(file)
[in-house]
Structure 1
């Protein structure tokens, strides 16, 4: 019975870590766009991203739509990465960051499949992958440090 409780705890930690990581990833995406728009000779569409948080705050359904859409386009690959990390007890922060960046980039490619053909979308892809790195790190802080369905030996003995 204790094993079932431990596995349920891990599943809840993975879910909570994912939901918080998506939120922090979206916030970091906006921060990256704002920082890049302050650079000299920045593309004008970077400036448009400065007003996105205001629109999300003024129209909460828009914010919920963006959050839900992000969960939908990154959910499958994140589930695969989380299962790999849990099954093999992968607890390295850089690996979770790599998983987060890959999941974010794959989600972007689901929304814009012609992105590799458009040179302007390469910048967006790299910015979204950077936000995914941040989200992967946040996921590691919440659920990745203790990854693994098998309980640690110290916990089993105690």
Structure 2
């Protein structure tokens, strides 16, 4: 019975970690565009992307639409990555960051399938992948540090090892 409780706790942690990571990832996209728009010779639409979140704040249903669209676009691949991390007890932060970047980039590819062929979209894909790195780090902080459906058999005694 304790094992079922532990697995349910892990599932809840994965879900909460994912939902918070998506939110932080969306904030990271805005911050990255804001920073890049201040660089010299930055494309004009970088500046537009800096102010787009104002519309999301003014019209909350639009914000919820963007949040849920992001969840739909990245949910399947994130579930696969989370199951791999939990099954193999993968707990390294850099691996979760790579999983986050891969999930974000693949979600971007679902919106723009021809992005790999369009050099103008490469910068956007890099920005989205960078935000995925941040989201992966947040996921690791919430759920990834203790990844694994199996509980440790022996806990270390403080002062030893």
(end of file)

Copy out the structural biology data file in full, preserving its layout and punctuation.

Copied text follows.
[in-house]
Structure 1
């Protein structure tokens, strides 16, 4: 019975870590766009991203739509990465960051499949992958440090 409780705890930690990581990833995406728009000779569409948080705050359904859409386009690959990390007890922060960046980039490619053909979308892809790195790190802080369905030996003995 204790094993079932431990596995349920891990599943809840993975879910909570994912939901918080998506939120922090979206916030970091906006921060990256704002920082890049302050650079000299920045593309004008970077400036448009400065007003996105205001629109999300003024129209909460828009914010919920963006959050839900992000969960939908990154959910499958994140589930695969989380299962790999849990099954093999992968607890390295850089690996979770790599998983987060890959999941974010794959989600972007689901929304814009012609992105590799458009040179302007390469910048967006790299910015979204950077936000995914941040989200992967946040996921590691919440659920990745203790990854693994098998309980640690110290916990089993105690």
Structure 2
């Protein structure tokens, strides 16, 4: 019975970690565009992307639409990555960051399938992948540090090892 409780706790942690990571990832996209728009010779639409979140704040249903669209676009691949991390007890932060970047980039590819062929979209894909790195780090902080459906058999005694 304790094992079922532990697995349910892990599932809840994965879900909460994912939902918070998506939110932080969306904030990271805005911050990255804001920073890049201040660089010299930055494309004009970088500046537009800096102010787009104002519309999301003014019209909350639009914000919820963007949040849920992001969840739909990245949910399947994130579930696969989370199951791999939990099954193999993968707990390294850099691996979760790579999983986050891969999930974000693949979600971007679902919106723009021809992005790999369009050099103008490469910068956007890099920005989205960078935000995925941040989201992966947040996921690791919430759920990834203790990844694994199996509980440790022996806990270390403080002062030893």